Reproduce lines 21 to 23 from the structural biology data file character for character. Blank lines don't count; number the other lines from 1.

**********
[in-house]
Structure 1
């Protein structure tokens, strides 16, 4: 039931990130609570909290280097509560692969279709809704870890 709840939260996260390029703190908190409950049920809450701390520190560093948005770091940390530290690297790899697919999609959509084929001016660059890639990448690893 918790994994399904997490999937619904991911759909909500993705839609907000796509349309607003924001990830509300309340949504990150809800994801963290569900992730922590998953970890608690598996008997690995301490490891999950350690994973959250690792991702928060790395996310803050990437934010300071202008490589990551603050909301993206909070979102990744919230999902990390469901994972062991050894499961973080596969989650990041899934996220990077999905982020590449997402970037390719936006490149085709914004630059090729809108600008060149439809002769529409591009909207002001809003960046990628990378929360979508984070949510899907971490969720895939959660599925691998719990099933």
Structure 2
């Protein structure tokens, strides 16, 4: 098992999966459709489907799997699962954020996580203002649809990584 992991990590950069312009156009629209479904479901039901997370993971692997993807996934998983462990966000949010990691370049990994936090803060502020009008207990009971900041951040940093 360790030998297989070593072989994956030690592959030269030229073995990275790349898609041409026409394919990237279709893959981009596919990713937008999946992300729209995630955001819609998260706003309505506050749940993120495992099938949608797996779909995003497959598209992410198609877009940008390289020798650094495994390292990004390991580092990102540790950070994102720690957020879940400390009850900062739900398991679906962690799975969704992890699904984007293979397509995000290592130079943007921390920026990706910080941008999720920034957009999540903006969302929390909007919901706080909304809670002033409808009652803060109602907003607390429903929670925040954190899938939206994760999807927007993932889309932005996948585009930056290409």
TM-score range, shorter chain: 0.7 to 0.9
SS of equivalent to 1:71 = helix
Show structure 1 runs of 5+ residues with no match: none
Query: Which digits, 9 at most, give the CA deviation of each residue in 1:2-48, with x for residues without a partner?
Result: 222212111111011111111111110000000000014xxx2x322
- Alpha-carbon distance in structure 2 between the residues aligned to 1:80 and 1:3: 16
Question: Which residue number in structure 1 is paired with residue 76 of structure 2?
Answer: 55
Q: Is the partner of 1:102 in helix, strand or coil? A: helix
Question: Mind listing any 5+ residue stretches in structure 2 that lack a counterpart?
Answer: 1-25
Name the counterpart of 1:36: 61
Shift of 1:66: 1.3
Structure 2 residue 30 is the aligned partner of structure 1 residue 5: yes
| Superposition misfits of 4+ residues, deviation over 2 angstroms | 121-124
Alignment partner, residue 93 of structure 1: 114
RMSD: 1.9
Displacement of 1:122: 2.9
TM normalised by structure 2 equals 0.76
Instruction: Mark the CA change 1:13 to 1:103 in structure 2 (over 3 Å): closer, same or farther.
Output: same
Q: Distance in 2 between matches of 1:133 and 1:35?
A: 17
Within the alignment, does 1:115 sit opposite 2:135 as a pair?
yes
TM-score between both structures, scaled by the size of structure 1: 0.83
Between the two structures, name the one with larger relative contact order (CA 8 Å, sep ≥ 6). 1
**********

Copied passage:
Alignment partner, residue 93 of structure 1: 114
RMSD: 1.9
Displacement of 1:122: 2.9